Question:  It is impossible to take my 5-year old to the grocery store.  A trip to Walmart is an absolute nightmare.  What can I do so that I can get my shopping done without my kid losing it?

Chaotic in the Checkout Line

Dear Chaotic,

This is a very common problem, one that we hear from many parents.  Fortunately, there are a few things you can consider to make these shopping trips more successful.

1.  First, start off by practicing small trips to the store.  Take your child with you and just buy 1 thing each time.  This will help to build up some positive experiences with short, manageable trips. 

2.  Gradually increase the amount of time you spend in the store.  Consider using some kind of visual cue to let the child know when you will be finished.  For example, one mom we know made a Velcro picture board that showed a photograph of her child in the store on the left, three empty velcro spots and then a photograph of the child in the van.  As they shopped, the mom moved the photograph of the child closer and closer to the photo of the van. When the two pictures were on top of one another, shopping was over and they went into the van.

3.  Bring entertaining things to do while you wait.  These could be toys, or you can eat as you go throughout the store.  Consider using a specific backpack or bag just for shopping trips and keep it well-stocked with items the child doesn’t get access to at other times.

4.  Use the shopping trip to practice skills for your child.  For example, shopping aisles are great places to practice walking for short periods.  You may have to suspend your shopping for these “activity breaks”.

5.  For children who are very visually-oriented, playing a game like “Label Bingo” can keep them busy during the trip.  Make a bingo card of labels from actual products and ask the child to try to find those products as you shop.  To make it completely functional, have these items on your shopping list.  When the child fills the card, he/she can win a prize.  For children who are into the alphabet, make a game out of finding foods for each letter of the alphabet.  For children who like numbers, engage them in deciding which item is less expensive.  For children working on making choices, engage them in choosing between 2 items.  In sum, try to find a way to make the activity interesting to the child by appealing to his or her special interests.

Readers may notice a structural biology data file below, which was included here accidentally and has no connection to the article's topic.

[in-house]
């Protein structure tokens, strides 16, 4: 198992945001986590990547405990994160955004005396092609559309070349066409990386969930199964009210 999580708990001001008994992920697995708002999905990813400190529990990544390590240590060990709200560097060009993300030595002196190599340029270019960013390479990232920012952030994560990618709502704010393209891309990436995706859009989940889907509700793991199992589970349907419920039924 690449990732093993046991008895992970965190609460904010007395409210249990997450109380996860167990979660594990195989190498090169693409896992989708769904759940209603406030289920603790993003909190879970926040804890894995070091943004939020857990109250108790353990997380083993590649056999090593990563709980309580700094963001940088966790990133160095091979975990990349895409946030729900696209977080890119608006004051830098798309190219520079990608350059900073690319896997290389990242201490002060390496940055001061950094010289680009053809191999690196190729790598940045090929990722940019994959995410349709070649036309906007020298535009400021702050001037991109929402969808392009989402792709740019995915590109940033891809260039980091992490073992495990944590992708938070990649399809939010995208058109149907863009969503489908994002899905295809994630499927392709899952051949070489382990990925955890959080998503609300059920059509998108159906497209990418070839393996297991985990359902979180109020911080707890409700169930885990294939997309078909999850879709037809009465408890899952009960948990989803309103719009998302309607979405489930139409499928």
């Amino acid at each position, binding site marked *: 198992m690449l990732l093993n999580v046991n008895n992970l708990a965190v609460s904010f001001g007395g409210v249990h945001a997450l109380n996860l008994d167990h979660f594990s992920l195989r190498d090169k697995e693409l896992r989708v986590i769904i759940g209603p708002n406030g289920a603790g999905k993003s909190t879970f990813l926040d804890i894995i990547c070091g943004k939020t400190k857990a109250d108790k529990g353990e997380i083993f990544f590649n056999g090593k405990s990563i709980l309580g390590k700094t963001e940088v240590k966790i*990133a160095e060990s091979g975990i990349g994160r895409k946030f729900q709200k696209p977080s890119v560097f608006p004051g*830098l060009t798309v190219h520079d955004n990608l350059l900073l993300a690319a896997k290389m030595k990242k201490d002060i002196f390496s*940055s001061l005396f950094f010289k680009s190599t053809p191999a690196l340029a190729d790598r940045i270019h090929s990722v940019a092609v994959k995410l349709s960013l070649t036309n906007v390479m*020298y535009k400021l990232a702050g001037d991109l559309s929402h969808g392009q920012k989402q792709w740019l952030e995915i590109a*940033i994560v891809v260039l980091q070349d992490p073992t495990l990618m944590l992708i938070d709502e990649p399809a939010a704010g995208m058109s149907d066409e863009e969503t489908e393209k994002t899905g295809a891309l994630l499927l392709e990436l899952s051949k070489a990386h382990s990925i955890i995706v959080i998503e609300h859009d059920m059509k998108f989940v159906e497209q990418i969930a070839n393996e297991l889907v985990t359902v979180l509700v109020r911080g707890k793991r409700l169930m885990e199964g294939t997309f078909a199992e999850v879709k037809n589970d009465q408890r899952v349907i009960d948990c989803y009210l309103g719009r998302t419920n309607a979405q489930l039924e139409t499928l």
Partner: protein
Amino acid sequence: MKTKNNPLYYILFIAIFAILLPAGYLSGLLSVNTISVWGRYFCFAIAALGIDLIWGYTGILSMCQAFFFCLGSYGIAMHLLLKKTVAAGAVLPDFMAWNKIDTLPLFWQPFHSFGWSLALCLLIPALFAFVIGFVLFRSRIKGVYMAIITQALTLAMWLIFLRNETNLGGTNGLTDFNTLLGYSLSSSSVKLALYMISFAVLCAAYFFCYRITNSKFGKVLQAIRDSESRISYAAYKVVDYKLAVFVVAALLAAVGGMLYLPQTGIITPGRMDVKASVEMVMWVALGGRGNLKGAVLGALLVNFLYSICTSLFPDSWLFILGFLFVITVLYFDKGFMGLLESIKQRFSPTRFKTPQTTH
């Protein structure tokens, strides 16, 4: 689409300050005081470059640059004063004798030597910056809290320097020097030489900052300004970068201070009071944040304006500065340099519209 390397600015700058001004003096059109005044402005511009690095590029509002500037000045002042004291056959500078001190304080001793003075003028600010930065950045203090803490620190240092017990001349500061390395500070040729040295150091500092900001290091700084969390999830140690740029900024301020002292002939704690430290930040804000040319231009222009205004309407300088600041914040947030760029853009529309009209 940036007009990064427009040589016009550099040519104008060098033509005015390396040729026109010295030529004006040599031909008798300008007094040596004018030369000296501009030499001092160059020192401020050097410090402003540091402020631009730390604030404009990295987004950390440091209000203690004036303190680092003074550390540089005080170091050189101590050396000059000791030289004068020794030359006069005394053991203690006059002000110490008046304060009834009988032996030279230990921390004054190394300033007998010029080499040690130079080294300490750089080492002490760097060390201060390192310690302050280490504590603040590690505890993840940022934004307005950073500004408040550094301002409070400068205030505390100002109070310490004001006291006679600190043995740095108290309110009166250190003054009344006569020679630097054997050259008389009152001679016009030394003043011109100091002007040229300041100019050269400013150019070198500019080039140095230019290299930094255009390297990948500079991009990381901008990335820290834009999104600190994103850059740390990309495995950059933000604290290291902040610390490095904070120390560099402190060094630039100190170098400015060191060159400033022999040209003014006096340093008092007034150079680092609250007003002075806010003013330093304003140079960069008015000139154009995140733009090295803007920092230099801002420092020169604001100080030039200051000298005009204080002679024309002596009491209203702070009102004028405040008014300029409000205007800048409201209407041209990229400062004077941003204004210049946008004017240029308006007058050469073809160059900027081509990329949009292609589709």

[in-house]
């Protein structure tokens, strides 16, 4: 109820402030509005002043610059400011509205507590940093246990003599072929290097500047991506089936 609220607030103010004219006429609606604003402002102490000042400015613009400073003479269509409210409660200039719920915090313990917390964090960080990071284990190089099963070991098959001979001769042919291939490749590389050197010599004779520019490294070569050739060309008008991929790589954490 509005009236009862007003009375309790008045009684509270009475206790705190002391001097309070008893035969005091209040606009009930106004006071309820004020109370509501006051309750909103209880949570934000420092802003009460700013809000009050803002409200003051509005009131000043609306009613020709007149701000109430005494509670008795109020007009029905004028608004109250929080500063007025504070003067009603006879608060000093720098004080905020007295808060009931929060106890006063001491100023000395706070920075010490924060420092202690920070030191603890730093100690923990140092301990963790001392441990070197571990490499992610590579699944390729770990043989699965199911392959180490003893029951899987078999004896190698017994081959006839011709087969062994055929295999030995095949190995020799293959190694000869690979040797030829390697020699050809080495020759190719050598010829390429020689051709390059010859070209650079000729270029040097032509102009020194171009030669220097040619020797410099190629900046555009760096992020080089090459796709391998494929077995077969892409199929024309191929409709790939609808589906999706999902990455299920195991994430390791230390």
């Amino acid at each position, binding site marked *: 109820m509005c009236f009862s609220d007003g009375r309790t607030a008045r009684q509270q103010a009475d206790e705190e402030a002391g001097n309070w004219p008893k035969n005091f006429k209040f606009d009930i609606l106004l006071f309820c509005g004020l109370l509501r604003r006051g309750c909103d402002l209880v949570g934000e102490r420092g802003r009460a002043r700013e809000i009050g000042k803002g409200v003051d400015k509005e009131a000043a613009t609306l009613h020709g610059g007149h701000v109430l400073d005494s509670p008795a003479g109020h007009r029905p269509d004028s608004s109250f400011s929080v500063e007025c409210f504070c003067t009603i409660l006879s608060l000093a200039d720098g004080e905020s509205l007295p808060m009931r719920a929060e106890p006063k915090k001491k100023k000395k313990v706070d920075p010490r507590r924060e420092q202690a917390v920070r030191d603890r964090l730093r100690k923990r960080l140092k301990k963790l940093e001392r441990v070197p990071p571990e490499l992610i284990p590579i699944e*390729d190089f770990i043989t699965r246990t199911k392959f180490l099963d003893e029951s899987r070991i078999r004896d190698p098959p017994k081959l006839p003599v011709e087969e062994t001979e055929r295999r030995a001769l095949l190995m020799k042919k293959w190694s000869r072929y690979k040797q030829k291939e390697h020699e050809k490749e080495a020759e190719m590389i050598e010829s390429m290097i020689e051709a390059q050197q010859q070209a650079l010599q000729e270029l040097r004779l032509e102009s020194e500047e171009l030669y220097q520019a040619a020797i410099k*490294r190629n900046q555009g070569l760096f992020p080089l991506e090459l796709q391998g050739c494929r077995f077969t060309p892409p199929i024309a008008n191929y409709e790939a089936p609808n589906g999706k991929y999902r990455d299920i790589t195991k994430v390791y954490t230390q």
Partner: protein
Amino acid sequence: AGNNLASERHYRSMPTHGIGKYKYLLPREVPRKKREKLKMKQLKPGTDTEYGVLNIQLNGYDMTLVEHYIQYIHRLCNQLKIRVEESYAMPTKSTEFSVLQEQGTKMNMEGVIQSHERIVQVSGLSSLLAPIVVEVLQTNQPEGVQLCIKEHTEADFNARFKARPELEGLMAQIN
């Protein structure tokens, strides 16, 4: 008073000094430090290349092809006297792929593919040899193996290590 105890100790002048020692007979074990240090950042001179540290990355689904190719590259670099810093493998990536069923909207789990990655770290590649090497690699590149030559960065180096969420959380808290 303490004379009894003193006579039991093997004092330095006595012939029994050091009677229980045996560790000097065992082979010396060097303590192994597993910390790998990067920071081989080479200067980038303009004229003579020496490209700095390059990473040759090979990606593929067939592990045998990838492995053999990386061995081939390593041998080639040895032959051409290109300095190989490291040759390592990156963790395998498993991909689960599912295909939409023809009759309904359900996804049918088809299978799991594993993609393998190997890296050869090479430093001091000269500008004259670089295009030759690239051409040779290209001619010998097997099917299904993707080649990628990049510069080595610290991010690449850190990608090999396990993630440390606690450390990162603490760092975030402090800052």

6.  If you tend to go to the same stores, consider meeting briefly with the manager to let him/her know of your challenges.  Make a plan for what you can do with your stuff if you have to leave early, or see if there is a way to minimize waiting.  Customer service people can be very accommodating.  They may also have suggestions about the best time to shop.

7.  Most importantly, try to keep the trips short enough to be manageable by the child.  Watch for cues that he/she is getting impatient and try to end the trips before the child is overwhelmed.  It is critical to keep kids practicing being in the community, doing these kinds of activities. The more practice your child has, the better he/she will be able to cope.

8.  Consider ending every trip with something wonderful – a treat of some kind that is given after you leave the store.  If there is a tantrum, there is no need to punish, but maybe the treat isn’t earned.  If the child becomes distressed, do what you need to do to keep everyone safe.  You may need to end the trip early, and hopefully you can try again a little later.  There are times when any child has difficulty coping and a change in scenery can really help to restore an irritable mood.

Good luck!

Article Topics

Discover More